A City of Olympia crew dismantled a large homeless encampment between Interstate 5 and the railroad tracks near the Wildwood neighborhood Thursday morning, responding to neighbors’ complaints about residential burglaries and car prowls.
Olympia has had a skyrocketing residential burglary rate in 2012 – 63 percent higher than last year as of Sept. 15, according to data provided Thursday. At the end of July, Olympia police reported the residential burglary rate had jumped 48 percent from Jan. 1 to July 31 in 2012 compared with the same period in 2011.
Lt. Ray Holmes emphasized that many of the people living in the encampment weren’t committing crimes. However, he said that over the summer police tied several property crimes, including a residential burglary, to people passing through the camp.
Also, an Olympia police program that analyzes crime statistics showed that Wildwood’s rising crime likely was tied to the camp, he said.
In August, Olympia police arrested a 37-year-old man after he allegedly broke into a home on O’Farrell Avenue. The man claimed to have ties to the camp, police said.
When police visited the camp, they found cellphones that had been stolen in several other residential burglaries. Holmes added Thursday that police fielded a call this summer about a person passing through the camp who had made a disturbing comment to a child in the neighborhood.
Rob Richards, an advocate for the homeless who works as housing program coordinator for the Capital Recovery Center, noted that part of Olympia’s rising burglary rate can be attributed to a criminal element that has moved into homeless camps in the past year. Criminals have victimized the law-abiding homeless, as well as others, he said.
“They’re not folks that are necessarily from here,” Richards said.
Richards said he and others advocates have been impressing upon police and city officials the need to be compassionate in dealings with camp residents.
“These people are living there because there’s not a housing option for them in Olympia,” he said.
This summer, Olympia police coordinated with the state Department of Transportation and BNSF Railway – which, along with the city, own the property where the encampment was – to obtain eviction notices, Holmes said. In July, the city delivered its first round of notices to residents, he said. The goal was to get people to leave without arrests, which has worked so far, Richards said.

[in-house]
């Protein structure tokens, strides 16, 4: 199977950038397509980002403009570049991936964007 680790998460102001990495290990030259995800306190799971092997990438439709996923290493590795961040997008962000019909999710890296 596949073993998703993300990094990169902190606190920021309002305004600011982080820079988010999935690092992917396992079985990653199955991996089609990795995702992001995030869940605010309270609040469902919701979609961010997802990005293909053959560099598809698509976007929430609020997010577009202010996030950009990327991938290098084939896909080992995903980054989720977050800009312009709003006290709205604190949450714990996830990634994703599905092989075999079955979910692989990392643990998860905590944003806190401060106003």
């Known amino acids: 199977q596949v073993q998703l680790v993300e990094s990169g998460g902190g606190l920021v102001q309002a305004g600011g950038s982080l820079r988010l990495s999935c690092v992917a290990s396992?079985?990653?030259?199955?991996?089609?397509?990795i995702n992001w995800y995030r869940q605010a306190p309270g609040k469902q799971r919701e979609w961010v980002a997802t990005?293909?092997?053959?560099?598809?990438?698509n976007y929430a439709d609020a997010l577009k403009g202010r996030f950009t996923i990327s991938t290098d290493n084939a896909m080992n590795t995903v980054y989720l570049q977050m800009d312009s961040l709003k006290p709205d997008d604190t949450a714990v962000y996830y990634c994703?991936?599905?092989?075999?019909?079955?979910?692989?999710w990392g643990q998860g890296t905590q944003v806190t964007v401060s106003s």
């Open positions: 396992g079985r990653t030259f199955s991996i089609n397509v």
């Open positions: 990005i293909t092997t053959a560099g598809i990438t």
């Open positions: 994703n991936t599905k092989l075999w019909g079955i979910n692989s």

Two campers remained Thursday morning. Brandy Campbell said he had lived at the camp for a couple of years and was angry that a criminal element had moved in.
Campbell cried as he gathered his belongings. He said campers try to police the area, but some “idiots” had begun passing through.
Neighbors concerned about crime attended a community meeting at Olympia police headquarters Tuesday night. Police briefed them about measures being taken to remove the camps, Holmes said.
Jake Thomas said his neighborhood is “delighted” with the police response, adding that the camp had not been a problem until this summer.
“Something has changed down there,” he said.
The camp area is off a dirt path near the railroad tracks at the bottom of Hillside Drive.
About 10 people from a city probation work crew joined code-enforcement officials, two police officers and several police recruits in removing the camp.
The camp was built like a fort, with sticks and piece of wood set up as beams covered by large swaths of tarp to create a roof. Pieces of carpet were hung from beams to give the camp makeshift walls. Bicycles, tables and other items were still at the camp. Two pit bulls roamed the camp as Campbell and his companion removed their belongings.
Richards said evictions are a “Band-Aid” approach because people will just move to one of a number of other camps in the city. Many campers have substance-abuse or mental-health issues that make it problematic for them to stay in shelters or access other services, he said.
Code-enforcement officials and police were trying to refer campers to social services, Holmes said.